For a while now I’ve been struggling with exposure and colour balance problems when shooting roller derby at the Glasgow Caledonian ARC. Every so often a shot will be underexposed and usually of a slightly warmer colour temperature than the shots next to it. At first I thought this was a a problem with the camera’s exposure system, but when shooting on manual I’m getting the same problem – two shots taken seconds apart, with the same camera settings, can have different exposures. It doesn’t happen a lot, but it has resulted in the loss of some good shots.
These two unedited shots were both taken with an exposure of 1/200th of a second at f/2.8, but the second one is about a stop darker than the first and is slightly warmer – look at the colour of the floor and wall.
Sometimes the underexposure is much worse, but this was the best side-by-side example I could find.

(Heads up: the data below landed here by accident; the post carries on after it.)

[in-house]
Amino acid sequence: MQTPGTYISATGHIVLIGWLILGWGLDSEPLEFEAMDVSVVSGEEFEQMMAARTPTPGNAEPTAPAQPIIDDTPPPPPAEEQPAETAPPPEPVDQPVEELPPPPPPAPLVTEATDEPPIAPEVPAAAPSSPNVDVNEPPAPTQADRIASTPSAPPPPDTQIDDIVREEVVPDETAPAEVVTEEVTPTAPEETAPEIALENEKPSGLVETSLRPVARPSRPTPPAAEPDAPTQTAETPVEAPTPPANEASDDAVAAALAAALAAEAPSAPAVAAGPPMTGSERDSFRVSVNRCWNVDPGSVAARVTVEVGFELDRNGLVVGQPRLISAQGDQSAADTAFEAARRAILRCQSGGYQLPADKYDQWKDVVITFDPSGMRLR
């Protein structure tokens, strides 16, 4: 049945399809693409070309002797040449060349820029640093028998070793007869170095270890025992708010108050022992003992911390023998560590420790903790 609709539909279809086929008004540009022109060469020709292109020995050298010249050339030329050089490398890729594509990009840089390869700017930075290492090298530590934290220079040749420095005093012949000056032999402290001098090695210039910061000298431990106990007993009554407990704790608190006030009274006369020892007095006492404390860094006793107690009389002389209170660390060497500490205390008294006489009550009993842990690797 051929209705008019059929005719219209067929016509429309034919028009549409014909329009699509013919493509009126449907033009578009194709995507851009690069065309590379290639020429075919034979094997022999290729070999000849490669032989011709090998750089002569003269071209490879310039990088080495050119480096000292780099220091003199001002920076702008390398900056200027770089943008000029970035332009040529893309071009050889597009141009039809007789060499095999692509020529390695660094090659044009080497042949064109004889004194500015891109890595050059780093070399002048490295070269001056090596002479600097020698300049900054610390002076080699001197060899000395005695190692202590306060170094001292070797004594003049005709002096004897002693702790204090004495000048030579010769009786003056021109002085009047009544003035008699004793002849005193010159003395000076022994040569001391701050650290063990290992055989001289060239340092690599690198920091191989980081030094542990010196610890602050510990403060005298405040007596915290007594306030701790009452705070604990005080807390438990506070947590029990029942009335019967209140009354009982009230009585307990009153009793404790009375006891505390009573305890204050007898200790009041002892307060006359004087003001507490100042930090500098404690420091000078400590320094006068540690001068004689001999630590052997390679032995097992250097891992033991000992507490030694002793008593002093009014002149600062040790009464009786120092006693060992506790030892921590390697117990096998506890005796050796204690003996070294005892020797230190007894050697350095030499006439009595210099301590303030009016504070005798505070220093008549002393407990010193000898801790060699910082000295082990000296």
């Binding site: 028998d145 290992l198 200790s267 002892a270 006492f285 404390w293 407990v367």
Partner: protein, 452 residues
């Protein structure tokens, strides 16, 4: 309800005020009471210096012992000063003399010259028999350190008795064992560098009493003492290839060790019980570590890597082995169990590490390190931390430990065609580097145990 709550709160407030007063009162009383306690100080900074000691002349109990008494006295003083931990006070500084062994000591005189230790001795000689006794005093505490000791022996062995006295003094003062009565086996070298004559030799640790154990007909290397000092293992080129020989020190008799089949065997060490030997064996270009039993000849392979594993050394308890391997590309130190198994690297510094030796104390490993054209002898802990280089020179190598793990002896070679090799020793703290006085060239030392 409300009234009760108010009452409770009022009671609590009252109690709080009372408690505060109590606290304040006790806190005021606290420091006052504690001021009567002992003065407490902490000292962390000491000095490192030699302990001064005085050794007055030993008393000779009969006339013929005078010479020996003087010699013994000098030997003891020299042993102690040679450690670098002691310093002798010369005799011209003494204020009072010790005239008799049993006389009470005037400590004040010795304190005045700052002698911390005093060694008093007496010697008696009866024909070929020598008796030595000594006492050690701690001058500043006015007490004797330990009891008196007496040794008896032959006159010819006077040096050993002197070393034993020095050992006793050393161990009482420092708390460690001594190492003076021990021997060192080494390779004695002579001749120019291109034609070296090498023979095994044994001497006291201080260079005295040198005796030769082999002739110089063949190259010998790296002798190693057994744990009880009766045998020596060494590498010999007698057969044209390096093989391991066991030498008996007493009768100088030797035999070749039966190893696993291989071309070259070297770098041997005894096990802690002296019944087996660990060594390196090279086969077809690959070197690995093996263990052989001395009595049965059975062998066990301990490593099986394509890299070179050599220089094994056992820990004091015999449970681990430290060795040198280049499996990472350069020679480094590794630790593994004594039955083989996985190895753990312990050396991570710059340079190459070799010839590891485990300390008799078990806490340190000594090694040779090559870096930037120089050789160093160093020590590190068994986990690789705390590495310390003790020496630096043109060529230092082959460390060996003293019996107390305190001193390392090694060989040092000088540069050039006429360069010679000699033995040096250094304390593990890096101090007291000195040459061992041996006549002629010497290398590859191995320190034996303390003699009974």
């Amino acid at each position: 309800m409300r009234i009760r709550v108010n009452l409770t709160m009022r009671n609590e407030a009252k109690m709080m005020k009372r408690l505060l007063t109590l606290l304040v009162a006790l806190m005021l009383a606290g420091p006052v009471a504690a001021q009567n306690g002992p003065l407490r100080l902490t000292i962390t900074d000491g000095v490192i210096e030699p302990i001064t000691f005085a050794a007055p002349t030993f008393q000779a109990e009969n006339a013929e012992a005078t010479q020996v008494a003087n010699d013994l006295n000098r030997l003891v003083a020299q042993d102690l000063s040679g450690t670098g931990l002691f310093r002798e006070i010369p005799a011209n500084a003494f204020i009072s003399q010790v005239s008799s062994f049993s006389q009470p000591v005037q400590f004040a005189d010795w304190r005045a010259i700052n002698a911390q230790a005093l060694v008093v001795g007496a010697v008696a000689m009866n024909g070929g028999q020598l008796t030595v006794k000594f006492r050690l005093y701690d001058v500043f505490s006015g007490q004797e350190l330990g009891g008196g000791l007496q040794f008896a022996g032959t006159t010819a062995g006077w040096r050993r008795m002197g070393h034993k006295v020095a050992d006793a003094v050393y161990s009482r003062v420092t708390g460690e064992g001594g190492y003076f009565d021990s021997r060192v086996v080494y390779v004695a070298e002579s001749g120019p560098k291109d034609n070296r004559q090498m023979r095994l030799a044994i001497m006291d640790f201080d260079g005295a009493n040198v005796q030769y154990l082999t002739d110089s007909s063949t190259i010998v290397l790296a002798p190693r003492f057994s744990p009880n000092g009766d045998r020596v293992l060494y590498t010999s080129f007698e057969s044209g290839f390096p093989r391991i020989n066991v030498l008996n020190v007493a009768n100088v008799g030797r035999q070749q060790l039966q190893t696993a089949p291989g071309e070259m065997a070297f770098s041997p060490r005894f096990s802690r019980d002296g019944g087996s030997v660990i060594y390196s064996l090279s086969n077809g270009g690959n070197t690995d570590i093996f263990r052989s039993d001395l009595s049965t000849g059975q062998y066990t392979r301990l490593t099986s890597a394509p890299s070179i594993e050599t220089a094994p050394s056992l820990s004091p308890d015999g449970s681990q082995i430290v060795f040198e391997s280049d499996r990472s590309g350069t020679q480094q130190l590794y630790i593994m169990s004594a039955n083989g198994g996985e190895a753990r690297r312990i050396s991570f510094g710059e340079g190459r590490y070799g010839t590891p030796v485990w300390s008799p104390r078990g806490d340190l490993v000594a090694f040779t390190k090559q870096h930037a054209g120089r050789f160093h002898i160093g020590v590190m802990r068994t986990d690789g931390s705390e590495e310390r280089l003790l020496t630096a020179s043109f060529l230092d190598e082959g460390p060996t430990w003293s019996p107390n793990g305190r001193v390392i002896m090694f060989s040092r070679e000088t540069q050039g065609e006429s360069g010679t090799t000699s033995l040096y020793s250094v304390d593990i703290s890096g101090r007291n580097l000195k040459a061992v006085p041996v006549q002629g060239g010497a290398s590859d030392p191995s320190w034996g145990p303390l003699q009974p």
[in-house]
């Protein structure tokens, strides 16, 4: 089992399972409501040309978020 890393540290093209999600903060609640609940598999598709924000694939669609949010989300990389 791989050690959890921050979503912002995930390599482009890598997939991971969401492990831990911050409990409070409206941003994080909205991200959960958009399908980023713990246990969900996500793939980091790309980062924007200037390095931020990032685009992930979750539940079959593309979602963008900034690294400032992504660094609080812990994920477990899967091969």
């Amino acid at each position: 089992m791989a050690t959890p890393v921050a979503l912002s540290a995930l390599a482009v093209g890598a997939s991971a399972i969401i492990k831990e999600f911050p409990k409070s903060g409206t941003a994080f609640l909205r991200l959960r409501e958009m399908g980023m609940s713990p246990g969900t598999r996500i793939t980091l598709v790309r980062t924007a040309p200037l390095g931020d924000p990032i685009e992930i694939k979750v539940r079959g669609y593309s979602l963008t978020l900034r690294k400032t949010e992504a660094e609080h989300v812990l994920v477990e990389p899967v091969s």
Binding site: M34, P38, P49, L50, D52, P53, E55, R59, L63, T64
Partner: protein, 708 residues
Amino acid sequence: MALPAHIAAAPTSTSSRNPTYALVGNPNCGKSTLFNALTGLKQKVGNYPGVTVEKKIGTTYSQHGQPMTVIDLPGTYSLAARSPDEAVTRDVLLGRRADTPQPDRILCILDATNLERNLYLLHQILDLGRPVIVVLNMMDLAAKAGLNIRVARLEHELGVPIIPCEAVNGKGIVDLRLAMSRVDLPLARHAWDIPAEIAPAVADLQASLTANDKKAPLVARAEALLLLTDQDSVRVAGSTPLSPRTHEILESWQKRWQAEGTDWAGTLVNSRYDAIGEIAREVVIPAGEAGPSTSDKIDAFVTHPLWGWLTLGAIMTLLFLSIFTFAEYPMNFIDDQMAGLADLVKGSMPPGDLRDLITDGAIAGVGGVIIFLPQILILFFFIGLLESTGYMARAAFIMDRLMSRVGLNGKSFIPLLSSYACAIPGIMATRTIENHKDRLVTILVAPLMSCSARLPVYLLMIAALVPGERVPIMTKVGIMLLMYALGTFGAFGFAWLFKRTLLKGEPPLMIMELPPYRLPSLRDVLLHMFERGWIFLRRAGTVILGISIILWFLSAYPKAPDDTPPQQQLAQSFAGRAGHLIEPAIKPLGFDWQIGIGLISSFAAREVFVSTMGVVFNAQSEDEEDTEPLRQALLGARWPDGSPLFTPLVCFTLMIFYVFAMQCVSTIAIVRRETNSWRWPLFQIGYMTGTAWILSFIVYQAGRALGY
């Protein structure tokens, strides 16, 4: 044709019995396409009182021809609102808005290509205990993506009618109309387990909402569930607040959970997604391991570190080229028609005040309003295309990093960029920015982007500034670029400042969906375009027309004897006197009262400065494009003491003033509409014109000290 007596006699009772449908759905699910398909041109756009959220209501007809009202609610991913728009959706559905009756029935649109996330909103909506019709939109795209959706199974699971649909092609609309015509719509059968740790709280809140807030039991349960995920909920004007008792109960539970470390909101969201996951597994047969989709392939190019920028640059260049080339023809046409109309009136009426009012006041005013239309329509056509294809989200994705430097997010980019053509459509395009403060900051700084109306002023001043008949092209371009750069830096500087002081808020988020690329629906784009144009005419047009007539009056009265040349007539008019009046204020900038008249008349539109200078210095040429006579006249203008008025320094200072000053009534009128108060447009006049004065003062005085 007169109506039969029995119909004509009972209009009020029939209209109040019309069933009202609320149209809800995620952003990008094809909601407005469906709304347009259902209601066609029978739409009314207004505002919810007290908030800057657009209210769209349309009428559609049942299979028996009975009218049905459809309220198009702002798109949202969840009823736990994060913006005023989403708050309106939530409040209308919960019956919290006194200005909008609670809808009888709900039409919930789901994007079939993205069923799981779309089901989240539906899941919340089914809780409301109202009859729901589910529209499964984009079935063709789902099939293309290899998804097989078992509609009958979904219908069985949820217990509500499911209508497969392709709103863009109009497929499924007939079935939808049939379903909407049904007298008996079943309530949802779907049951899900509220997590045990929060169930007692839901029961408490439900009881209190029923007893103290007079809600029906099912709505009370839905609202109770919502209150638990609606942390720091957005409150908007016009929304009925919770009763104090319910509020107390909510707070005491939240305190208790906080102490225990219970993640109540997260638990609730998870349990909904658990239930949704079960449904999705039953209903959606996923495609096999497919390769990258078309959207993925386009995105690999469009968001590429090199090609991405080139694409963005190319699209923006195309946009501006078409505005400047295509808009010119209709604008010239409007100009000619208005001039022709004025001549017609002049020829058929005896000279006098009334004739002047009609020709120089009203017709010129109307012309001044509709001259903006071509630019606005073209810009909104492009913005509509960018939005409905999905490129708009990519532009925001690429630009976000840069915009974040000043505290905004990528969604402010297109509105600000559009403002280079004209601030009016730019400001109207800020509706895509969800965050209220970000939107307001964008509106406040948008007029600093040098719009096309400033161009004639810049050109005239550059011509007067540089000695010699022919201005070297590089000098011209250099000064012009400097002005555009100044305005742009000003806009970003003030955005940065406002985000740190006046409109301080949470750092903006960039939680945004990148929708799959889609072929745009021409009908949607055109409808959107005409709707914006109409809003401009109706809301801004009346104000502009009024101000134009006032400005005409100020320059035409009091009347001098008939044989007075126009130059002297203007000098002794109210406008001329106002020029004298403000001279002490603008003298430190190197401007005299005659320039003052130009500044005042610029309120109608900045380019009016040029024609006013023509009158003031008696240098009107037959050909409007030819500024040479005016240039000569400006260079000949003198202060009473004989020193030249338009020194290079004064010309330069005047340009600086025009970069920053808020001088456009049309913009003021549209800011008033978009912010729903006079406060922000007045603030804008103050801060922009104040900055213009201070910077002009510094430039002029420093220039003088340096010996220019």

It took me a while to figure out what was going on here, but eventually I remembered that when I was shooting with slower shutter speeds I noticed something odd about the lighting. It flickers.
This can be seen best in this detail crop of this panning image, taked with an exposure of 1/40th of a second at f/4.0. Look at the faces in the background – each one is repeated 3 times. So during the exposure the overhead lighting flashed 3 times.
My guess is that the lights are flashing about 100 times a second. Way too fast to be visible to the human eye, but if a camera shutter is set to an exposure shorter than this then there is a danger of catching the lights when they’re at the low point of their cycle, underexposing the image. As dimmer lights tend to be warmer, this would also account for the shift in colour temperature.
Unfortunately the slowest shutter speed that completely freezes the motion is about 1/200th of a second. Dropping this to 1/100th of a second to avoid the exposure issues results in more shots lost to blur than would be lost to underexposure.
Other than using flash, which I don’t really like doing, there’s not a lot that can be done about this other than avoiding shutter speeds faster than 1/200th of a second as this is likely to make the problem worse.
So far I’ve not encountered this problem anywhere else I’ve shot, so it seems to be quite an unusual feature of the ARC lights.